JAN 2013

EyeWorld is the official news magazine of the American Society of Cataract & Refractive Surgery.

Issue link: https://digital.eyeworld.org/i/104833

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Page 51 of 70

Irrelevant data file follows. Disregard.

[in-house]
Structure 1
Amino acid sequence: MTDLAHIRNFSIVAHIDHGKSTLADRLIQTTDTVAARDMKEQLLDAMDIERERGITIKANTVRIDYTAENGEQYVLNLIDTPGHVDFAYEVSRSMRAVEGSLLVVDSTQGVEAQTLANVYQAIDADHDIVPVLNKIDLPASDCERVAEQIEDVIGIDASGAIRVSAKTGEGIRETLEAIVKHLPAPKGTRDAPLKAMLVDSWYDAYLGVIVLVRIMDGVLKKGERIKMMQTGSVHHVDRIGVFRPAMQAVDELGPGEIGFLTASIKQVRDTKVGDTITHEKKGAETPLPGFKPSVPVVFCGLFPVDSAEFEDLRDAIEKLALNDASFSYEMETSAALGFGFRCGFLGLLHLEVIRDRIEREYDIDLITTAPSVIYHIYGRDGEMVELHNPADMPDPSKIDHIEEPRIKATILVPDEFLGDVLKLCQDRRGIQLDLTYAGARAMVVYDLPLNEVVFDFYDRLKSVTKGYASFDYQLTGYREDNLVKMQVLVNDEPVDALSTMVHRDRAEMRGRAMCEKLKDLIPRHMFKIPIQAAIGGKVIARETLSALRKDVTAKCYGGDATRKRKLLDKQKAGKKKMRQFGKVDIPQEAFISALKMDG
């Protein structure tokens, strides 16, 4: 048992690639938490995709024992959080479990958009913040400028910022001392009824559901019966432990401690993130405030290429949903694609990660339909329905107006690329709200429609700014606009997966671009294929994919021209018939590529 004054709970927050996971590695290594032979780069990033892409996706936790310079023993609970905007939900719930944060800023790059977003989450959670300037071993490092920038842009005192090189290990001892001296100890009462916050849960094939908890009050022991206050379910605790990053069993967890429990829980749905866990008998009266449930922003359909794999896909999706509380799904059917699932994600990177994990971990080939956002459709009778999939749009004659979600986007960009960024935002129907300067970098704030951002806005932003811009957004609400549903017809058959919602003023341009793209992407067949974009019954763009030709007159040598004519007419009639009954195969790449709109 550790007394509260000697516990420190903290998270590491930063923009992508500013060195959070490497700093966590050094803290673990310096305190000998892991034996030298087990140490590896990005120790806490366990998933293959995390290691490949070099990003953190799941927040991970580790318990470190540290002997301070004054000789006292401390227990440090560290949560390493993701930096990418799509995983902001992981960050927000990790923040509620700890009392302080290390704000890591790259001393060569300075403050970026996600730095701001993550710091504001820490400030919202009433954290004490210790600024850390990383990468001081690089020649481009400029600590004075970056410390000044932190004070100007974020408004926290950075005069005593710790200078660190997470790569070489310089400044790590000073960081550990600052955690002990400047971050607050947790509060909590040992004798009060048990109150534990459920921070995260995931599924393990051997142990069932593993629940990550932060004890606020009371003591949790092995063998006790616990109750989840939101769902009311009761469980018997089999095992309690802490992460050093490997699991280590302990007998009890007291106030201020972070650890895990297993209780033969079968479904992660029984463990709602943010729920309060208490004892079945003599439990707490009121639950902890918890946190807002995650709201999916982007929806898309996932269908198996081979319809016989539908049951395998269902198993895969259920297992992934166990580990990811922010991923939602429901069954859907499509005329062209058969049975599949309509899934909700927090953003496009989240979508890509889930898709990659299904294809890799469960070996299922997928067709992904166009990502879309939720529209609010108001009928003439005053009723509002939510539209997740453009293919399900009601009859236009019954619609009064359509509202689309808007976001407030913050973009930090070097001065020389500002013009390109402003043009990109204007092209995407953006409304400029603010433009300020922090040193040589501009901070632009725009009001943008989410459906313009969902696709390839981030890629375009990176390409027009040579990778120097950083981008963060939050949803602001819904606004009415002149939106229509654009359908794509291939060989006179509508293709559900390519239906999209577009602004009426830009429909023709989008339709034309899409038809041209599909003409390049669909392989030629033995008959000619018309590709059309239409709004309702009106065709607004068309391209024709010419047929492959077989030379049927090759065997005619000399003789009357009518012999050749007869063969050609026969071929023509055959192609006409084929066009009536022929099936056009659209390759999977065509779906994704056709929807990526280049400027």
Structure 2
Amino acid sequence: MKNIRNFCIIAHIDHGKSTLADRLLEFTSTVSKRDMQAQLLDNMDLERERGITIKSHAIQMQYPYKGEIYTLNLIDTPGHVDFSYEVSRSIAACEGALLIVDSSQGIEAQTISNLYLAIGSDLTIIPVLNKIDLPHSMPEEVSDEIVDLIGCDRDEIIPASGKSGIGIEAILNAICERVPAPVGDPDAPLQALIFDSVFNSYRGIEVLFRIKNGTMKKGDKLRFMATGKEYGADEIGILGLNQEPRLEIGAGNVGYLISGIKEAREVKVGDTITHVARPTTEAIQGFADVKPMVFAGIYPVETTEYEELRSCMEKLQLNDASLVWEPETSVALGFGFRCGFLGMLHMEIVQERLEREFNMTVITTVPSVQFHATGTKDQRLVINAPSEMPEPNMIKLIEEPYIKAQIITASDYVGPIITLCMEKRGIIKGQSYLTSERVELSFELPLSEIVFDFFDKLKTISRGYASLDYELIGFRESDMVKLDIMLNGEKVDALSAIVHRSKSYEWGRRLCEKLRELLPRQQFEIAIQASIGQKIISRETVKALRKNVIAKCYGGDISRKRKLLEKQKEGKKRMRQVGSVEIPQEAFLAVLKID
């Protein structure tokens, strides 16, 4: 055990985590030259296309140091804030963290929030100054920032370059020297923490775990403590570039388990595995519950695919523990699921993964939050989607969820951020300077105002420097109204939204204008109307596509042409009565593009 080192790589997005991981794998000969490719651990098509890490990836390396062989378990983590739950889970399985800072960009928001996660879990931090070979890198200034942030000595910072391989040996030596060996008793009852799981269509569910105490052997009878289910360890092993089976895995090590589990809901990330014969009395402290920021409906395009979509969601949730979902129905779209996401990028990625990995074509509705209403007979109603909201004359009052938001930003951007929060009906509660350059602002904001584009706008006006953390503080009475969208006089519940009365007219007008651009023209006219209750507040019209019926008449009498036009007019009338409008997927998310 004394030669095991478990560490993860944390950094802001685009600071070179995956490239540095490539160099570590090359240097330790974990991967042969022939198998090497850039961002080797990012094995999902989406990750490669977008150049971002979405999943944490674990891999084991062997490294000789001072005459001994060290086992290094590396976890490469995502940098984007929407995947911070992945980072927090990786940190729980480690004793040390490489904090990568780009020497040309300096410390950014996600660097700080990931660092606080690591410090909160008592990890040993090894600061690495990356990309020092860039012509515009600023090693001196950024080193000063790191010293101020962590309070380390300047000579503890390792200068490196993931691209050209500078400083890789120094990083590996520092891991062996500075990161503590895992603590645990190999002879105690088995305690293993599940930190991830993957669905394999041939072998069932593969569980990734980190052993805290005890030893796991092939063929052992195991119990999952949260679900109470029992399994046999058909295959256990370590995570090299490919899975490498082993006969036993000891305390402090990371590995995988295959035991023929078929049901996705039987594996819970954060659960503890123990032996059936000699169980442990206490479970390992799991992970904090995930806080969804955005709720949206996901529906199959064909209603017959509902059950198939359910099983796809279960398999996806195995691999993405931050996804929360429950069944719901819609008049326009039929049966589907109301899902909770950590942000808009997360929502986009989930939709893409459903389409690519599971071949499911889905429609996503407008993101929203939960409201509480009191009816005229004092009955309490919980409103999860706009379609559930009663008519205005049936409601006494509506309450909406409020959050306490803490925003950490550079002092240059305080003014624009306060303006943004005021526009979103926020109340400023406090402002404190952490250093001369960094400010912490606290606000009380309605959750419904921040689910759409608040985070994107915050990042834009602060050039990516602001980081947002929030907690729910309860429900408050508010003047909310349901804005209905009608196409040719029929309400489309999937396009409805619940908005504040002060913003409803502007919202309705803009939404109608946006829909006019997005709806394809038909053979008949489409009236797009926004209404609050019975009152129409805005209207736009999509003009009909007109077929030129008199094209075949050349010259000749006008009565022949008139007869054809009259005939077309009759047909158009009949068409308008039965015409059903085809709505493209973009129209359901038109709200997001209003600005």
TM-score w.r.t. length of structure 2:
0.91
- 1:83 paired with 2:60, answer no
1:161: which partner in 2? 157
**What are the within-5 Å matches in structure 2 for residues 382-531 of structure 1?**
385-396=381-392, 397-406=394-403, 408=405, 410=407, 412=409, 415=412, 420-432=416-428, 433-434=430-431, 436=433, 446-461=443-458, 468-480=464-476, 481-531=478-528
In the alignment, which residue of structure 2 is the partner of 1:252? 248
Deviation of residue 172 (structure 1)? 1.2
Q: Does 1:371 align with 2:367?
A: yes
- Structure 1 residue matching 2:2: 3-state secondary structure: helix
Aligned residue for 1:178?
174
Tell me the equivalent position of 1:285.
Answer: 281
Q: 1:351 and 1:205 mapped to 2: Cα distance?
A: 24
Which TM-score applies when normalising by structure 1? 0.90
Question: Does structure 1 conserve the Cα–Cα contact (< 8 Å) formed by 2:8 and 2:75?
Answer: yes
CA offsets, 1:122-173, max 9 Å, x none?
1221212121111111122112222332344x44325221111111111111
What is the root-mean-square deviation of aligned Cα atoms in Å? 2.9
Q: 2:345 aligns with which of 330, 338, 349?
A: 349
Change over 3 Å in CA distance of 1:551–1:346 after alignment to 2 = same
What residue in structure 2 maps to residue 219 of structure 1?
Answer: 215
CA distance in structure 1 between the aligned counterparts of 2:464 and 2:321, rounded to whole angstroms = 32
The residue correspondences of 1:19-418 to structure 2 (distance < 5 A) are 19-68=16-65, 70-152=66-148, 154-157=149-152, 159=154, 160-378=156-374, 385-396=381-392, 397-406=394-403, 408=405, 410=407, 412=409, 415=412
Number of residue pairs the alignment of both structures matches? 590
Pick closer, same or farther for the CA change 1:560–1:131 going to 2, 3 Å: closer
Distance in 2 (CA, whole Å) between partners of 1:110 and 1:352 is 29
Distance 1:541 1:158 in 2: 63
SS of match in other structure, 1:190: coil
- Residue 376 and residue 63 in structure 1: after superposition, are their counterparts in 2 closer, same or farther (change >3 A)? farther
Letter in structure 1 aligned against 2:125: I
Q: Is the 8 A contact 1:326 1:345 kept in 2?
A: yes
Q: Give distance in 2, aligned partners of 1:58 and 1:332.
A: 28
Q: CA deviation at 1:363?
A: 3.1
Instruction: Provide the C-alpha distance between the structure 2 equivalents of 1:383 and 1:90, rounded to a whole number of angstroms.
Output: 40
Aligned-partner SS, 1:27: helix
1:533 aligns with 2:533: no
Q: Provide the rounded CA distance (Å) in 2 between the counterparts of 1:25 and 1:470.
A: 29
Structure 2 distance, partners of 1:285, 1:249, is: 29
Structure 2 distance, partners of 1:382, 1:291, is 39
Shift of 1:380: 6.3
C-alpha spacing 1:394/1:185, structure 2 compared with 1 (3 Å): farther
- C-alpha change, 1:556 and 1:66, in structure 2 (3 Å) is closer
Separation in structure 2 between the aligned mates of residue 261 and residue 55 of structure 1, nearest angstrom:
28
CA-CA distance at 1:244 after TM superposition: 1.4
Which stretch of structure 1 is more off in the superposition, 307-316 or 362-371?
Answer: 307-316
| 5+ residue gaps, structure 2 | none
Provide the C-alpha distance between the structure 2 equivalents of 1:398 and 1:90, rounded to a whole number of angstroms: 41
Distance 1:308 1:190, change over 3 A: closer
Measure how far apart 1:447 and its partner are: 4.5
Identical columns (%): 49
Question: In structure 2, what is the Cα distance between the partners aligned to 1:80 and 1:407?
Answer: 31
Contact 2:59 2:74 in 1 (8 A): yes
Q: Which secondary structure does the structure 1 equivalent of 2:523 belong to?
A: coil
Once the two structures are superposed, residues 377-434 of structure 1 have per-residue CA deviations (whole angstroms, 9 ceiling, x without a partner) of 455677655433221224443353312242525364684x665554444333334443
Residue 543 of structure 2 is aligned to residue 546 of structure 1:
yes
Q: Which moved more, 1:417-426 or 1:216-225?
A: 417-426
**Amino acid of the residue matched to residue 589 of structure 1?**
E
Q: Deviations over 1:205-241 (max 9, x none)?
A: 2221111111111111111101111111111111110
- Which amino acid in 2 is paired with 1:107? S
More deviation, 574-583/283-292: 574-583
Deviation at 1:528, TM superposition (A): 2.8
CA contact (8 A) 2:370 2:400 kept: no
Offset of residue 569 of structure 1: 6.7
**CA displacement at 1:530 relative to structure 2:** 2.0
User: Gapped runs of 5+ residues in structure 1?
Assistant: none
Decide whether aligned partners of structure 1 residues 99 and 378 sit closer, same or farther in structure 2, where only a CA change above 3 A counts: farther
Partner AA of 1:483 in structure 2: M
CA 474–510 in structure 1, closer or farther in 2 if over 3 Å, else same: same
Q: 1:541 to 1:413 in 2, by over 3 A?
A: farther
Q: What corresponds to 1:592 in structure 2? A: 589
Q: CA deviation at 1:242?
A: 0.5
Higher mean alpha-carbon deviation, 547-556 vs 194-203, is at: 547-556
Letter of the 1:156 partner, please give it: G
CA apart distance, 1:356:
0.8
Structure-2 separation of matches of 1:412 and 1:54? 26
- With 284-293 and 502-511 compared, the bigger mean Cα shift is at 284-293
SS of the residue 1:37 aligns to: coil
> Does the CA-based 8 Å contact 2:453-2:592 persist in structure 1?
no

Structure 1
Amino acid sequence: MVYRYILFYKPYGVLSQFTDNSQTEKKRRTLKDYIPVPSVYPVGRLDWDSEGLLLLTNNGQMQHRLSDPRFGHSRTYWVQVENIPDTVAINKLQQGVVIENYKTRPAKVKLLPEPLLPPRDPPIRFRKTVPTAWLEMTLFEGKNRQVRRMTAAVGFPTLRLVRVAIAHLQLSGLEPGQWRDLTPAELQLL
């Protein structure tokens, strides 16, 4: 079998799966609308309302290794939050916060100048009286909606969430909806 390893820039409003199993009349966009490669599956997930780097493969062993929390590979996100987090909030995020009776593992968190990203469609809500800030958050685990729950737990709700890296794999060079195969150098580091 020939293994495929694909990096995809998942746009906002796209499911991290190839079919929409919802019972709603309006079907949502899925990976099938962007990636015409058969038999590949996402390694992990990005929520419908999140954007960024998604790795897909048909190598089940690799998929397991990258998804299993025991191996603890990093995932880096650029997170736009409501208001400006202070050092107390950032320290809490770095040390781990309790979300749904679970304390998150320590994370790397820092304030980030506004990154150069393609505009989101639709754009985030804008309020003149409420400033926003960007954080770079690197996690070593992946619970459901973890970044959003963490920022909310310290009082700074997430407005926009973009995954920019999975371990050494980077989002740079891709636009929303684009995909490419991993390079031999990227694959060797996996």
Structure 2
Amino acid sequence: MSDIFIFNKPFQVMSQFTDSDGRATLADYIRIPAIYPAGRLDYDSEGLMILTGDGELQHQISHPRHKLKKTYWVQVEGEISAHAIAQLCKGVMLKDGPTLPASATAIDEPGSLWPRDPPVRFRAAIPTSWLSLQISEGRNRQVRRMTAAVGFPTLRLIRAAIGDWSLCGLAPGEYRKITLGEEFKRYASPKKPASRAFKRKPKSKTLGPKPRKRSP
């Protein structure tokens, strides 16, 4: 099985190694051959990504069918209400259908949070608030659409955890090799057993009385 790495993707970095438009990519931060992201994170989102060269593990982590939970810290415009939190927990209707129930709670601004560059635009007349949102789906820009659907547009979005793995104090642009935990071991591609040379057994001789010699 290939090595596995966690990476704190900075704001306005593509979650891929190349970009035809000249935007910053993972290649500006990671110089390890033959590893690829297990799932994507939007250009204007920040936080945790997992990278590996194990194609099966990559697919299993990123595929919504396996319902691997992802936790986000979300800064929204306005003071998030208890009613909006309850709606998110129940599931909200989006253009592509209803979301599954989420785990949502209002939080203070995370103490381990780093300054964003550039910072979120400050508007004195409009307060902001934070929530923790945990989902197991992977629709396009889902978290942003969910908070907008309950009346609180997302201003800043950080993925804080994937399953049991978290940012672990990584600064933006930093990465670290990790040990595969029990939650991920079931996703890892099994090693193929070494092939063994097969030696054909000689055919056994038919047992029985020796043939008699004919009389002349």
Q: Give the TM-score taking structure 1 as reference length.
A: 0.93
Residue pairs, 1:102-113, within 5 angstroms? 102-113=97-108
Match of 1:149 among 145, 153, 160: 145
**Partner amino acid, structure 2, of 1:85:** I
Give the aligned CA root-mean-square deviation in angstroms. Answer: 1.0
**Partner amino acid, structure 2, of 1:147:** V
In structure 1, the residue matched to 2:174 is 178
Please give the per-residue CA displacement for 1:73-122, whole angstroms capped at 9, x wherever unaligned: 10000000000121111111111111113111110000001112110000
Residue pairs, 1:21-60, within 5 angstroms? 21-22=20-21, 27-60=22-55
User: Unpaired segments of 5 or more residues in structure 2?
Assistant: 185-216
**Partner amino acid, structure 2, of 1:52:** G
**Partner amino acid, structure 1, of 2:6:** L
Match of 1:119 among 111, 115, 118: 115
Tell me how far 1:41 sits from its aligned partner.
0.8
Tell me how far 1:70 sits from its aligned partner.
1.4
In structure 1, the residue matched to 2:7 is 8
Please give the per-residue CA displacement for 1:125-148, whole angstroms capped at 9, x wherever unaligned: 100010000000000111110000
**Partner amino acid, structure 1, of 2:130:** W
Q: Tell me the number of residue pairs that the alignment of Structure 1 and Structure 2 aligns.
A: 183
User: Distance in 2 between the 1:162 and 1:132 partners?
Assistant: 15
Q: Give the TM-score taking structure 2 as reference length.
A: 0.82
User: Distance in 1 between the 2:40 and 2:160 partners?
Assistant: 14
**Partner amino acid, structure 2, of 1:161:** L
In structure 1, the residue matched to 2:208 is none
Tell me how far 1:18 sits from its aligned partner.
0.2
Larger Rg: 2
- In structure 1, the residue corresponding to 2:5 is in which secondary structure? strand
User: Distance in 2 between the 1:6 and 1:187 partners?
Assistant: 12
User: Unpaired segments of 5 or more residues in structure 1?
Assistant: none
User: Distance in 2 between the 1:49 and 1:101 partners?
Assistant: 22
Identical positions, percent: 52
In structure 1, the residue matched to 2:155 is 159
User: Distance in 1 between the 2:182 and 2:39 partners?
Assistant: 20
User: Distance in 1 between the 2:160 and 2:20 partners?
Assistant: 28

January 2013 EW RESIDENTS 49 Cataract M&M rounds Rhexis goes out late H ere we will discuss another case that presents a relatively common complication. We are fortunate to have three experienced cataract teachers to tell us how they would guide their charges through the rest of the case. We have also provided a link to the video showing how we moved forward with this case at the University of Iowa. The first 350 degrees of the capsulorhexis went fine. The tear was round and reasonably centered. An attempt was made to complete the rhexis by bringing the tear toward the center to complete the continuous tear (Figure 1). However, this maneuver was not complete, and when the presumably completely torn capsule was removed, the incomplete tear instead went radial under the wound (Figures 2 and 3). Now we are faced with a tough situation. We have a subincisional radial tear of the anterior capsule, prior to hydrodissection and with all of the nuclear material left. We asked our expert teachers: How can we minimize the risk of this radial tear continuing posteriorly during dissection of the lens from the capsule and during nucleofractis? What is the best strategy for IOL placement if we are able to get the nuclear material out without additional injury to the capsule? Thomas Oetting, M.D., Cataract M&M rounds editor Watch this video on your smartphone or iPad using your QR code reader. (Scanner available for free at your app store.) webeye.ophth.uiowa.edu/eyeforum/ atlas-video/Radial-tear.htm Kenneth L. Cohen, M.D. Sterling A. Barrett Distinguished Professor of Ophthalmology University of North Carolina at Chapel Hill, School of Medicine Chapel Hill, N.C. I f a late radial tear in the capsulorhexis occurs and cannot be rescued, the first step is to stabilize the anterior chamber. Stabilization of the anterior chamber reduces the stress on the tear, decreasing the chance for the tear to wrap around the equator to the posterior capsule. This is a twofold process. First, inject a highly cohesive ophthalmic viscosurgical device (OVD), Healon5 (Abbott Medical Optics, Santa Ana, Calif.). Second, after injection of OVD, insert the phacoemulsification needle and aspirate the anterior cortex and epinucleus. These maneuvers reduce the intralenticular pressure, which could force the capsular tear around the equator, through the zonules to the posterior capsule. With the anterior chamber stabilized, the next objective is to begin to safely dismantle the cataract in the capsular bag. Remember that the zonules attach around the equator to the anterior and posterior capsule and to the anterior vitreous. These attachments form a barrier to a wrap around extension of the tear to the posterior capsule. The forces pulling and pushing the radial tear peripherally are minimized. Thus, it is safe to perform gentle cortical cleaving hydrodissection and hydrodelineation. The cortex is separated from the capsule, and the nucleus and epinucleus are separated from each other. Now, the cataract must be safely emulsified. This should be done with minimal rotation of the nucleus. Chopping techniques use forces that do not place stress on the zonules. The dominant hand impales the nucleus and supports the nucleus anteriorly, away from the posterior capsule and the zonules. This prevents stress on the posterior capsule and the zonules from the chopper movements. The easily reachable nuclear fragments, 180 degrees from the incision, can be brought to the pupil for emulsification. Now there is room in the capsular bag, allowing the remaining nuclear fragments to be maneuvered to the pupil for emulsification, with minimal pressure against the equator of the capsular bag. A cohesive OVD helps to maintain space and minimize pressure on the equator of the capsular bag. Because there was hydrodelineation, the epinucleus remains in place, helping to keep the capsular bag open and protect the posterior and equatorial capsule. Once the nuclear fragments are emulsified, the epinucleus can be removed. Using flow and vacuum, the anterior rim of the epinucleus should be grasped 180 degrees from the incision. With a blunt second instrument in the non-dominant hand, the epinucleus can be flipped and emulsified and aspirated. Alternatively, the irrigation and aspiration handpiece can be used to aspirate the cortex peripheral to the epinucleus. As the cortex is aspirated, the epinucleus will also be stripped and folded to the center for aspiration. This will be a longer process than aspirating and emulsifying the epinucleus with the phacoemulsification needle. Especially in the presence of a radial tear in the anterior capsule, I like to use bimanual irrigation and aspiration through two 1.2 mm x 1.4 mm trapezoidal incisions to remove the cortex. A suture is placed, closing the main incision. A second sideport incision is created with the trapezoid blade. The irrigation and aspiration handpieces can be switched, allowing easy access to cortex in all locations. To keep the capsular bag open during removal of cortex, inject more cohesive OVD. The existing cortex also helps to keep the capsular bag open. Because the capsular bag is held by the OVD and cortex, the cortex at the radial tear is easily accessible and should be aspirated first. Collapse of the capsular bag increases risk for complications when removing the cortex in the location of the tear. Inject a cohesive OVD and remove the suture from the main incision. Now it is safe to inject a onepiece IOL, as the haptics are soft and will not open with a force that will extend the radial tear. Also, the cohesive OVD will hold the capsular bag open to help minimize stress. Ideally, the IOL should be rotated as little as possible to position the haptics 90 degrees from the meridian of the tear. Inject the leading haptic into the correct position in the capsular bag and then gently place the trailing haptic into position with a Sinskey hook. To ensure a stable anterior chamber during OVD removal, suture the main incision and use bimanual irritation and aspiration. Place one instrument on the IOL continued on page 50 Figure 1: An attempt was made to complete the rhexis by bringing the tear toward the center to complete the continuous tear.